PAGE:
How to put Un and Una in a sentence
When not to use Un and Una?
This may help
Here are the most common cases where the article (un, una) shouldn't be used even though it's used in English:
Before an unmodified noun after a form of ser ("to be"), especially in reference to occupation, religion, affiliation or social status (normally, if the noun is modified, the article should be used): Soy profesor. I am a teacher. Él es un buen dentista. He is a good dentist. ¿Eres católica? No, soy una metodista feliz. "Are you a Catholic." "No, I'm a happy Methodist." Es artista. She is an artist. Es una artista que muere de hambre. She is a starving artist.
Before otro ("other"): Quisiera otra taza. I would like another cup. Compró otro coche. He bought another car.
Before mil ("thousand") and cien ("hundred"): Gana mil dólares por mes. He earns a thousand dollars per month. Tiene cien años. She is a hundred years old.
In exclamations using qué ("what"): ¡Qué lástima! What a shame! ¡Qué casa! What a house!
After con ("with") and sin ("without"): Come con cuchara. She eats with a spoon. Escribe sin ordenador. He writes without a computer.
Frequently after forms of tener ("to have"), comprar ("to buy"), llevar ("to wear") and some other verbs when generically referring to things that people would normally have or use one at a time: No tengo coche. I don't have a car. Lleva camisa. He is wearing a shirt. Vamos a comprar casa. We're going to buy a house. ¿Tiene madre? Does he have a mother?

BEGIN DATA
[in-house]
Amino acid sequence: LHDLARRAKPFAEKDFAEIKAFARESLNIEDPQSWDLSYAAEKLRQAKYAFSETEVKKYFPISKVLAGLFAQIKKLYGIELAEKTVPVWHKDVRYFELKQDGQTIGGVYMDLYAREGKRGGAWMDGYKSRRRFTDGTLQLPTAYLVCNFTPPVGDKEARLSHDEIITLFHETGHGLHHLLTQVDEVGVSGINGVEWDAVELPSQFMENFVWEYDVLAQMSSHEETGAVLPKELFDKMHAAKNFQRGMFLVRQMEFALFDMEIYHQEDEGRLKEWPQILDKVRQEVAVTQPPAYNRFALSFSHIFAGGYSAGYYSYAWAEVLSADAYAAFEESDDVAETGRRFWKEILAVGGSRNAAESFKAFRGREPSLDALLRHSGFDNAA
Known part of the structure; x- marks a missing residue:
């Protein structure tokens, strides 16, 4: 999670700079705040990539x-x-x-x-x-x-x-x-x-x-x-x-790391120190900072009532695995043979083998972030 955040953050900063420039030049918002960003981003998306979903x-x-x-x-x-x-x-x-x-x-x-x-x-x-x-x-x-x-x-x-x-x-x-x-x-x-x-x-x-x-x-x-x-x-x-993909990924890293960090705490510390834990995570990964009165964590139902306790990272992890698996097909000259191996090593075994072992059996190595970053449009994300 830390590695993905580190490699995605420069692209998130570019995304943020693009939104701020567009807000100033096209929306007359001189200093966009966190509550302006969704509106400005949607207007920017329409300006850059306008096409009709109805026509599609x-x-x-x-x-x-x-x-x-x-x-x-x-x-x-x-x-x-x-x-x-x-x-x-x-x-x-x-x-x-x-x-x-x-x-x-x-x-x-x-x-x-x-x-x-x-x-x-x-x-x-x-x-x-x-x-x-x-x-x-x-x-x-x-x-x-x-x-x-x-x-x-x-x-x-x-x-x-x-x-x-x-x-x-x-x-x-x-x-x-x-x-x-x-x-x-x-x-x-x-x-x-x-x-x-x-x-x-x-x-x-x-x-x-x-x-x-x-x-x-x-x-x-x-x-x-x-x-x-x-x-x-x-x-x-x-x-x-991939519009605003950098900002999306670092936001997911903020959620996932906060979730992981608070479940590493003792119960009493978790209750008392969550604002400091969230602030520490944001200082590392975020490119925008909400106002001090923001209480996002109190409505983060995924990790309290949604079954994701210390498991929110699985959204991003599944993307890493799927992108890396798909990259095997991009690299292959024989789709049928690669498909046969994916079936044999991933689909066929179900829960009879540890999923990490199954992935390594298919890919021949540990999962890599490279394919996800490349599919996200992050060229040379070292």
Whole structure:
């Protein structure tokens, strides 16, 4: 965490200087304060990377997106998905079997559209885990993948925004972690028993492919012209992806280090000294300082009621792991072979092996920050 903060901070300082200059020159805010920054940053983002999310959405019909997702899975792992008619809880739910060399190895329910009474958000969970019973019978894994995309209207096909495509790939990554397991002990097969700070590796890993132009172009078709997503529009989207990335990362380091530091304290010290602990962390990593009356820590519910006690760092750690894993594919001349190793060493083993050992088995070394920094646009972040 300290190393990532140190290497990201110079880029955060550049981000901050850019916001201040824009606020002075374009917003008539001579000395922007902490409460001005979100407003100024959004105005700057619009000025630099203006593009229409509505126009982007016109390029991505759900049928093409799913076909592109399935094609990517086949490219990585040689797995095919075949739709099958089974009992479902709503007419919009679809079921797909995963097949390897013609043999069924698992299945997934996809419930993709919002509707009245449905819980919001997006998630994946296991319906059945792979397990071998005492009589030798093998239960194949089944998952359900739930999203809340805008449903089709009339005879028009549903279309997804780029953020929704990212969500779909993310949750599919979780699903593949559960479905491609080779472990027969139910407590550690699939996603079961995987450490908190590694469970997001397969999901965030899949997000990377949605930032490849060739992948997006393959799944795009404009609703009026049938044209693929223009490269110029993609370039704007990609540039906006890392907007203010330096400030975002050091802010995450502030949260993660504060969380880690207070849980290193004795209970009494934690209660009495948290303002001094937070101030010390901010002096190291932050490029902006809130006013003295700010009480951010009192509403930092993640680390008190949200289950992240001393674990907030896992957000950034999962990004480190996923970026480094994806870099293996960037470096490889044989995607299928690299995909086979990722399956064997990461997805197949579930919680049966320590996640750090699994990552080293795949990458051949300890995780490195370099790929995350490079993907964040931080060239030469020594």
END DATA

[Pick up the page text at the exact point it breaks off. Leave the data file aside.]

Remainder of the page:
Usually when the noun is unmodified so as to represent something in general.
Necesito teléfono. Since I am not talking about a specific phone (un teléfono celular que puede sacar fotos) "un" is not normally used.
Spanish language omits, in certain cases, the use of the indefinite articles:
When we refer to a persons profession or job: El es profesor (He is a teacher)
When we refer to a persons religion: Ella es budista (She is a Buddhist)
Before thousand (mil) and hundred (cien): Tengo cien dólares ( I have a hundred dollars)
When we use qué in a exclamation: ¡Qué gato! (What a cat!)
Sometimes Spanish seems to avoid using the indefinite articles in many places while English does like in occupations, affiliation, religion, before otro (other), after con (with) and sin (without), usually after tener (have)/ llevar (wear)
Finally, there is one case where we don't use the indefinite article in English where it's needed in Spanish: in a series of two or more words joined by "and" (y in Spanish). In English we might say "a cat and dog," but in Spanish it must be un gato y un perro. Without the second un, the phrase would be understood as referring to one creature, a cross between a cat and dog. Note the distinction in these sentences: Conozco a un artista y un dentista means "I know an artist and I know a dentist," while Conozco a un artista y dentista means "I know a dentist who is also an artist."